Poll Finds Majority of Physicians Back Public Option in Health Reform
Salomeh Keyhani and Alex Federman, both internists and researchers at Mount Sinai School of Medicine, conducted the poll, which was funded by the Robert Wood Johnson Foundation. The poll was conducted from June through September by mail and by phone and included 2,130 doctors.
Keyhani said that "nearly three-quarters of physicians supported some form of a public option, either alone or in combination with private insurance options." According to the poll, 63% of physicians said they favor giving patients the option of a public plan in addition to private insurance options, while 10% said they favor the public plan only -- adding up to 73% in total support for a public option.
According to the researchers, they found strong support for the public option among all categories of physicians.
The poll also found support among physicians who are members of the American Medical Association, a group that in the past has opposed the public option.
Both the authors belong to the National Physicians Alliance, which supports a public option.
In addition, the poll indicated that compared with patients, doctors support a public option in greater numbers. Keyhani said that doctors already have experience with government-run health care in the form of Medicare, and overall they like it (Shapiro, "Morning Edition," NPR, 9/15).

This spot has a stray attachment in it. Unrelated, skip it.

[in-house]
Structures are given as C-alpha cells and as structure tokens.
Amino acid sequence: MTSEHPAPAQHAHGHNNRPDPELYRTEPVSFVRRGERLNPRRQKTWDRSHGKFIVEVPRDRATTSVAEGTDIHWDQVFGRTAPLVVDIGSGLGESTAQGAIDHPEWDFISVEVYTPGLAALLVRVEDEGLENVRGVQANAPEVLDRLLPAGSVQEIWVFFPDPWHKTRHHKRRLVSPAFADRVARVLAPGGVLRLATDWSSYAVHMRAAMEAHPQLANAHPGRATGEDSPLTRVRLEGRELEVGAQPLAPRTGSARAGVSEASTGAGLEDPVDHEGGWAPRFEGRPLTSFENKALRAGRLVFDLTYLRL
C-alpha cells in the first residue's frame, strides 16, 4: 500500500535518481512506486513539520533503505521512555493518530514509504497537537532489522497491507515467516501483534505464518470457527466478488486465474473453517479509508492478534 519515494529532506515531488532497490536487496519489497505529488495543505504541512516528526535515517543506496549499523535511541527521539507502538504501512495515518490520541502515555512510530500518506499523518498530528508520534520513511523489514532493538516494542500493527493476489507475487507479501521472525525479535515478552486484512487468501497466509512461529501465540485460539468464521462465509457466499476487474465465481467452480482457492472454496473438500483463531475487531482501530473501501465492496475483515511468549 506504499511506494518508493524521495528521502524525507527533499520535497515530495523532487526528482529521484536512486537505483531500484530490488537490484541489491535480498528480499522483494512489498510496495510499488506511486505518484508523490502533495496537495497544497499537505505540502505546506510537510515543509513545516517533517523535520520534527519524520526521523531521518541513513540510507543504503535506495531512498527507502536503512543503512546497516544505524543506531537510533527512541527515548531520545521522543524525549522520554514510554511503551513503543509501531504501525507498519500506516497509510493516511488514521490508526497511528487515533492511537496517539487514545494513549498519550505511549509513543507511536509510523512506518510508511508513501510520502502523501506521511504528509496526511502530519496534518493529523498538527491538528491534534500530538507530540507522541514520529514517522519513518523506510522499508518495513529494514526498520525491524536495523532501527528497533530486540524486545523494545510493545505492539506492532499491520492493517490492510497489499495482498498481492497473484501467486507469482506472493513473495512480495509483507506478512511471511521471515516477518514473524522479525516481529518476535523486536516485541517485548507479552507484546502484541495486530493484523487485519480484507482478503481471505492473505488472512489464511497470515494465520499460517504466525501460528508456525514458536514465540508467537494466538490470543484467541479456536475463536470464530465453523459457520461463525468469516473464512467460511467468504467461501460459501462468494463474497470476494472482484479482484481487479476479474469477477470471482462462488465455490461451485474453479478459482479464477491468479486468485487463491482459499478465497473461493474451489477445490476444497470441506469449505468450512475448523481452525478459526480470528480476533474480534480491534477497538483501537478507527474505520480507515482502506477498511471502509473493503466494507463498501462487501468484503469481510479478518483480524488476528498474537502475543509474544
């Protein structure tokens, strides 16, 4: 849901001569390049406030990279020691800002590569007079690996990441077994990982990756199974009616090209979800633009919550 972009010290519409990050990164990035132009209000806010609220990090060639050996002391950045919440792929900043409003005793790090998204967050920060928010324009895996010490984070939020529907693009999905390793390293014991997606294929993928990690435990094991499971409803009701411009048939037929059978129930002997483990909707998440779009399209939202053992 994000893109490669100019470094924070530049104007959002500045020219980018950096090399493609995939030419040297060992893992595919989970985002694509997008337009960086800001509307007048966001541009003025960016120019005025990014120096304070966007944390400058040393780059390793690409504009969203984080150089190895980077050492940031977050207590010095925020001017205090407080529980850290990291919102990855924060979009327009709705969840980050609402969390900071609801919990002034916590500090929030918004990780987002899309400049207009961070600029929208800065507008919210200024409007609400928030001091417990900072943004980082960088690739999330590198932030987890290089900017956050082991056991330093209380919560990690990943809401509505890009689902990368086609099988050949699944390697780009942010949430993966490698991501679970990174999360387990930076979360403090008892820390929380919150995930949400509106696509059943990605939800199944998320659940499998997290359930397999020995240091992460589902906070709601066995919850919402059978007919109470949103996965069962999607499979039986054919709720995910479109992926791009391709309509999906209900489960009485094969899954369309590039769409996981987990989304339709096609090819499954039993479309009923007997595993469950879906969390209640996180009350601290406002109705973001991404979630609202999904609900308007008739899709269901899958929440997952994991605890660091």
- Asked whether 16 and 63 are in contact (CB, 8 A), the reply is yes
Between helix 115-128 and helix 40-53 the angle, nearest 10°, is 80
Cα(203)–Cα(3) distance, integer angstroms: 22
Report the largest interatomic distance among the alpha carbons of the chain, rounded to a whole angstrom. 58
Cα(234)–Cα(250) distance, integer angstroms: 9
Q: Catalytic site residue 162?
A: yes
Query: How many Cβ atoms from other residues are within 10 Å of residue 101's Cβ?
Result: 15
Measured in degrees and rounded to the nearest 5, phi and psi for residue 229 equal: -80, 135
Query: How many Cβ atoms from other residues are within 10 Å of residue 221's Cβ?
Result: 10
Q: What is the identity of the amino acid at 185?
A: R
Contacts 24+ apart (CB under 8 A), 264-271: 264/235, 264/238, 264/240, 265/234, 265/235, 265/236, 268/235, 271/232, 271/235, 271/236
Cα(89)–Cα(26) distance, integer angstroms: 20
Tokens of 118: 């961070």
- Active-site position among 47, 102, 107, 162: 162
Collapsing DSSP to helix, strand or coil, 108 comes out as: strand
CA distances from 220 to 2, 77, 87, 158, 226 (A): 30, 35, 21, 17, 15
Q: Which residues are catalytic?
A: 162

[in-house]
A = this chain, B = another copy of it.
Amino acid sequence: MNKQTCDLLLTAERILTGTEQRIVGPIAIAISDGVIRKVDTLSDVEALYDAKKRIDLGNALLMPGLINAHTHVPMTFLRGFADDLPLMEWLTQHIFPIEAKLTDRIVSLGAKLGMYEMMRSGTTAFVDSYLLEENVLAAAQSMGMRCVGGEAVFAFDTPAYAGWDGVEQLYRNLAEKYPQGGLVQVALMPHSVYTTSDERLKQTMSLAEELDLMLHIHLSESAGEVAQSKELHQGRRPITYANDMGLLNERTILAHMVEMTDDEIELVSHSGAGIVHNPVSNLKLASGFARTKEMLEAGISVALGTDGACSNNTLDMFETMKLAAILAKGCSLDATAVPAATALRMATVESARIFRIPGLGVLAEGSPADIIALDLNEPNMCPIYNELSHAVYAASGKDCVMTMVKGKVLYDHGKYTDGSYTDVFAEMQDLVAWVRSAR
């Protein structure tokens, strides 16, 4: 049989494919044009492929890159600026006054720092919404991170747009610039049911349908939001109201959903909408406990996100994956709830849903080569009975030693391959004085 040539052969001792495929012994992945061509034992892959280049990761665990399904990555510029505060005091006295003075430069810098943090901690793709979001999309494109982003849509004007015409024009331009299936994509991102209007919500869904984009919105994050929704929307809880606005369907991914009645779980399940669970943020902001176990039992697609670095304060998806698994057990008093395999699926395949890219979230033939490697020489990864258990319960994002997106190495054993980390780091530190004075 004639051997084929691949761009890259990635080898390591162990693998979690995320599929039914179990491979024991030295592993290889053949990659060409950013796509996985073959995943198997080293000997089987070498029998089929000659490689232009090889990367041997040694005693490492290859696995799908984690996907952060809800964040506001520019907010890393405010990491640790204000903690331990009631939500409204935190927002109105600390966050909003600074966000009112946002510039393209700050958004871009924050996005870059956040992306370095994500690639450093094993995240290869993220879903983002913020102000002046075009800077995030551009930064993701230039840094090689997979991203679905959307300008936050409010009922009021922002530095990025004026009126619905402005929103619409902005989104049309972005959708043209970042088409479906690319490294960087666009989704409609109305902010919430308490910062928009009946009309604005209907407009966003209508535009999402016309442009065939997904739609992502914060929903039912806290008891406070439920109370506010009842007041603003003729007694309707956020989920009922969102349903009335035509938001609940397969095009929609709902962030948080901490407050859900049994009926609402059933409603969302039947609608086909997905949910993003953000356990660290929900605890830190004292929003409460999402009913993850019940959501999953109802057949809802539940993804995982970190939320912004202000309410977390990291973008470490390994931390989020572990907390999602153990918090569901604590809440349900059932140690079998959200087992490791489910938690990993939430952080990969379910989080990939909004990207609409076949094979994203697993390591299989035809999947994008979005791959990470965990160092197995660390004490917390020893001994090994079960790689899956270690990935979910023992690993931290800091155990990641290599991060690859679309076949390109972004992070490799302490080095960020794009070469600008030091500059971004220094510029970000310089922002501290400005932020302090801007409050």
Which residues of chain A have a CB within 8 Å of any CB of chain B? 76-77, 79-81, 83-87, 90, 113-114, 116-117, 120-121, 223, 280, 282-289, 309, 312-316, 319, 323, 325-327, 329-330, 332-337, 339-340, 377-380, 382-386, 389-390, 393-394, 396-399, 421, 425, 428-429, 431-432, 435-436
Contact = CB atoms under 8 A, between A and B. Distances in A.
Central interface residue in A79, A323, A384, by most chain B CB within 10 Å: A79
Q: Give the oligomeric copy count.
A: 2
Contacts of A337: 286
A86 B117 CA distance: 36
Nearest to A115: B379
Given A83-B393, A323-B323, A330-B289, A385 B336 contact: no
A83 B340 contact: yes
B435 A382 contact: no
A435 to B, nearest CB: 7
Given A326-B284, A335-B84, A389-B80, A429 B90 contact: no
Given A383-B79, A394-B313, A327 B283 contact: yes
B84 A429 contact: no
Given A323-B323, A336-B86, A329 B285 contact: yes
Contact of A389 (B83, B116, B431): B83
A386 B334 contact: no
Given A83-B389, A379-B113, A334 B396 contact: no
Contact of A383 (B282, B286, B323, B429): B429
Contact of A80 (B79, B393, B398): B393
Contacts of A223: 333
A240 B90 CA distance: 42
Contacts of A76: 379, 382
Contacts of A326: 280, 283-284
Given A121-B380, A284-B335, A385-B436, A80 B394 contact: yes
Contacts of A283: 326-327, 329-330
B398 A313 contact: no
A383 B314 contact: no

AMA recently began lobbying and advertising to win public support for Democratic reform plans in Congress, many of which it has opposed for nearly 60 years.
The turnaround resulted from a deal with lawmakers to stop planned cuts in Medicare payments, which would be worth $228 billion to physicians over 10 years. In addition, the deal requires that a proposal requiring all U.S. residents to obtain medical insurance include premium subsidies to ensure that doctor bills are paid.
Health analyst Robert Laszewski said the group has received a sweetheart deal mostly for their reversal on reform efforts. He said, "They were bought off. And the price tag was $228 billion."However, AMA officials said their change in stance reflects changes in the health care system and the way doctors feel about it (Geiger/Hamburger, Los Angeles Times, 9/15). This is part of the California Healthline Daily Edition, a summary of health policy coverage from major news organizations. Sign up for an email subscription.